Know what the biggest difference is between an adequate project manager and a great project manager? The great project manager always learns from every project and applies that learning to the next project.
Here’s a simple technique to help you learn from every project too. After each project completion, before you send the project team members on to other things, get all of the project principals together and have a postmortem review. You can kick around as many ideas as you like during the review, but make sure you answer these two questions:
- What did we do right that we want to make sure we do again in the next project?
- What could we do better next time?
In each question, the wording is critical.
What did we do right?
Most postmortem project reviews dwell on the negative, but in all of the projects I’ve seen — even the project disasters — there were always a few things that were done right. It’s important to recognize those things because unless we specifically emphasize them on the next project, there’s a strong likelihood that they won’t be repeated. Overemphasis on negatives in a project review is counterproductive. Everyone walks away from the review with a bad attitude, and no one really learns anything. By stressing the positives, the project team can reinforce the good things that were done, and the team members can leave the review with an upbeat attitude.
What could we do better?
Of course it’s important to learn from project mistakes as well, but it’s too late for blame. Don’t focus on what went wrong — instead focus on how things could be done differently to make them more successful. There’s a subtle difference here. If you talk about things that went wrong, then people get defensive and even antagonistic. But if you recognize the things that went wrong only as a jumping off point to generating ideas for doing things better, then the defensiveness is defused, and team members honestly look for better ways to prevent that kind of mistake on the next project. Even though the bad things that happened on the project come up in the review, the review team doesn’t dwell on them, and so the result is more upbeat and positive.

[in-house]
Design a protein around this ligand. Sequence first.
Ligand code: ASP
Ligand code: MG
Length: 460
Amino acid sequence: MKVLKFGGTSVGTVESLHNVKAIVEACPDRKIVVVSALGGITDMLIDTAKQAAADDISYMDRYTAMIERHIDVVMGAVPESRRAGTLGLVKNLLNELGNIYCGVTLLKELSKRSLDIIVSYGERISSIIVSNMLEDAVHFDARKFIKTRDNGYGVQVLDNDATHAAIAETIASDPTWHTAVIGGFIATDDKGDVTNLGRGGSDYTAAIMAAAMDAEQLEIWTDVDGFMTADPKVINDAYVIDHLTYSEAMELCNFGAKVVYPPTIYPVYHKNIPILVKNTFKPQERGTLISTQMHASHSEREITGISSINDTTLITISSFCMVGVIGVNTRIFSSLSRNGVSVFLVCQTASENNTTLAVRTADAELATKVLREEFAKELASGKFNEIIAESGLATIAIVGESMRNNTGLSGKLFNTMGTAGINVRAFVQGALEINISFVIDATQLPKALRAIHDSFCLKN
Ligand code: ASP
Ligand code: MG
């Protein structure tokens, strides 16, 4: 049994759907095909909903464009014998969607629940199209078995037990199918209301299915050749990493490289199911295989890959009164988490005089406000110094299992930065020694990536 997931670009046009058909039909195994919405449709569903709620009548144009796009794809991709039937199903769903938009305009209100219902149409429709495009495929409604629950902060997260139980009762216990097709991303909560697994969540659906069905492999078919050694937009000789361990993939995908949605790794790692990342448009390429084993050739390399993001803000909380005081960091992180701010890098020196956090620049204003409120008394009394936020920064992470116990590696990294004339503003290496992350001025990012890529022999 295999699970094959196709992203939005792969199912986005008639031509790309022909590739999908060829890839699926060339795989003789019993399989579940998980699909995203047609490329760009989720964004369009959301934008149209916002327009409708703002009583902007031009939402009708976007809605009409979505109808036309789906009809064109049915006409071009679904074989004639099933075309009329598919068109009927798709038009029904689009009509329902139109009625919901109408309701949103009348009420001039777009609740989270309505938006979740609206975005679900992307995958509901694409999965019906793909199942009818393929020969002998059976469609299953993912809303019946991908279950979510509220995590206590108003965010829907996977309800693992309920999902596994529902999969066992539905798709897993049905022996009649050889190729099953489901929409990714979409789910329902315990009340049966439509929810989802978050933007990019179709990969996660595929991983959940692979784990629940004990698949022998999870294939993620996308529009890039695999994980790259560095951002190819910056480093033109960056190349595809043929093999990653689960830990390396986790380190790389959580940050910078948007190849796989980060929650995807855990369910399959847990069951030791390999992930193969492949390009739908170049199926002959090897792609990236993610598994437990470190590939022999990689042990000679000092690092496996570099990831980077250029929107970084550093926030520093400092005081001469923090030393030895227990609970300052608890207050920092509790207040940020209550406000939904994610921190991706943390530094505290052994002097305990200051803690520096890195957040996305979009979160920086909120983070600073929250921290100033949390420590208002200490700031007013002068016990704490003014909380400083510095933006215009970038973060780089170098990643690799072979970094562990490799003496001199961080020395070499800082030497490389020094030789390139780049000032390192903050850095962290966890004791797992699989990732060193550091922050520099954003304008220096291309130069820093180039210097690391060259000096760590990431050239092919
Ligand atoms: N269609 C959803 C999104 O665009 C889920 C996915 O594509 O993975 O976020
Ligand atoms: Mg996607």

This works for meetings and events too
I’ve used the same two-question review after a long meeting and after a special offsite event. By asking the two questions at the very end of the meeting or event, we were able to generate a lot of ideas for future improvement, and we ended on an up note. Everyone likes improvement — we just don’t want it to come at our own personal expense. Approaching improvement in this way makes the process much easier to accept, and everyone walks away encouraged.
And that’s how progress is made: reinforce the good things, and figure out ways to improve upon the bad things.